GRIFFITH PARK—For the first time in its history, the Los Angeles Zoo has successfully bred Komodo Dragons. Lima, the adult female Komodo, laid her eggs on January 22, and on August 8, the first egg hatched. The hatchlings continued to emerge for two weeks, and now the zoo is home to 22 baby Komodos.
The zoo joins a list of fewer than 10 other zoos in North America that have achieved this feat. In 1992, Komodos hatched at the National Zoo in Washington D.C. for the first time outside of their native land, Indonesia. The Komodo Dragon is the largest lizard living today. The largest reached over 10 feet and weighed 366 pounds; typically, the specimens weigh about 154 pounds. These new hatchlings weigh about 3 ounces and are 14 to 20 inches long. Komodo Dragons eat 80 percent of their weight. Komodos are carnivorous and are inclined to eat their young and eggs, so the babies are separated from their parents after birth. In the wild, the young hurry up trees to avoid being eaten by adults.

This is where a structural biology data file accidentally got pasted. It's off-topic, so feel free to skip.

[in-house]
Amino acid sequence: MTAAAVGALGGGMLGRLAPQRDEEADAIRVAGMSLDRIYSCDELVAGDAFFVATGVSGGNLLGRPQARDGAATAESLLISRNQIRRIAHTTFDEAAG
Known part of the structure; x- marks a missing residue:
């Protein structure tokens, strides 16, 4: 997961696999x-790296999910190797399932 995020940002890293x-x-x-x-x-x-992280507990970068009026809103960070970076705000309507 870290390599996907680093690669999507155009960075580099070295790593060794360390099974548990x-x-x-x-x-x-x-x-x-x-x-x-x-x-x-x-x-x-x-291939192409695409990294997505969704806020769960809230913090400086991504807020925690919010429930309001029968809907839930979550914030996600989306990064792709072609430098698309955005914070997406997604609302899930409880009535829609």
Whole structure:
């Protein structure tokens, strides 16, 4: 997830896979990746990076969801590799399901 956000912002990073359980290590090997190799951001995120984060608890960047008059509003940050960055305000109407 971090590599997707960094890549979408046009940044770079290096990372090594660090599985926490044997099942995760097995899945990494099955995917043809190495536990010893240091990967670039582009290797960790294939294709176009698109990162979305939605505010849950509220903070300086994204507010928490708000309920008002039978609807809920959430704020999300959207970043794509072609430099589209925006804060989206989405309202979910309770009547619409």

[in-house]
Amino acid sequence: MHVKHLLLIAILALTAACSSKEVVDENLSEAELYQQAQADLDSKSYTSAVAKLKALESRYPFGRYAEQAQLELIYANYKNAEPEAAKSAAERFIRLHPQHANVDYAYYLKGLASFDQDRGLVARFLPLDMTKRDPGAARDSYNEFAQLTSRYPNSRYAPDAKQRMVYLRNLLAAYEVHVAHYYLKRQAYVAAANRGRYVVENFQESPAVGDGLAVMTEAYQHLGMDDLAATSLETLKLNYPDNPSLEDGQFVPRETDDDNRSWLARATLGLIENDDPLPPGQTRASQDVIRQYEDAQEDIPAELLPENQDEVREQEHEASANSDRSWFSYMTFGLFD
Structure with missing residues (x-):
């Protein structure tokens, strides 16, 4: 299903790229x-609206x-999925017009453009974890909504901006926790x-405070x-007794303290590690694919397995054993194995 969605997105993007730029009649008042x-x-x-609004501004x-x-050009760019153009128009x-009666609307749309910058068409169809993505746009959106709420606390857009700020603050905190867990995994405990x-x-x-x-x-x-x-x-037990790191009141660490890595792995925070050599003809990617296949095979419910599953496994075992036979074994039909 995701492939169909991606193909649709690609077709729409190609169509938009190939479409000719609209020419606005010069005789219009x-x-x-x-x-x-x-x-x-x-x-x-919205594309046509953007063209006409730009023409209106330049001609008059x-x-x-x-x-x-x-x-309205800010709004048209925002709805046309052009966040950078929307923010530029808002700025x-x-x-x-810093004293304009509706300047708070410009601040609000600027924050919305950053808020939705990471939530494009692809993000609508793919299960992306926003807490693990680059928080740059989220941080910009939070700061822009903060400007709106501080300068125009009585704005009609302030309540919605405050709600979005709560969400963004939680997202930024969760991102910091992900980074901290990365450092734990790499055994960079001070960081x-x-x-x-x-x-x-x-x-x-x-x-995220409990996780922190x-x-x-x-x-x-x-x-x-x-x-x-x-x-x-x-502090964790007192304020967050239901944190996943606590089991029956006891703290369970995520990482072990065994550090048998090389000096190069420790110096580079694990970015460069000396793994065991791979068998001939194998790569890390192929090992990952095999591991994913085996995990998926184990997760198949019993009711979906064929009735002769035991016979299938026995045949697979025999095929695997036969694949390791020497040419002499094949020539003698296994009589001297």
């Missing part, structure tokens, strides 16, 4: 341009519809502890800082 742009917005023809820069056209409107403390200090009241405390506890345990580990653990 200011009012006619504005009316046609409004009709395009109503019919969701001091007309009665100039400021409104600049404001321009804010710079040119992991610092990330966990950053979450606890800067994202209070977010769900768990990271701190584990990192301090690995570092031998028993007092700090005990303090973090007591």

Eleven of the babies at the Los Angeles Zoo will be transported to the Columbus Zoo and the Species Survival Program will dictate where the others go. The zoo will keep Lima and Buru, the adult male Komodo. According to the zoo’s Facebook page, “The young Komodos are currently off exhibit. In the future, the Zoo plans on displaying several in the Winnick Family Children’s Zoo. The Zoo will announce when the dragons go on exhibit.”
The Los Angeles Zoo is located in Griffith Park at 5333 Zoo Drive. For more information, check out the website at lazoo.org.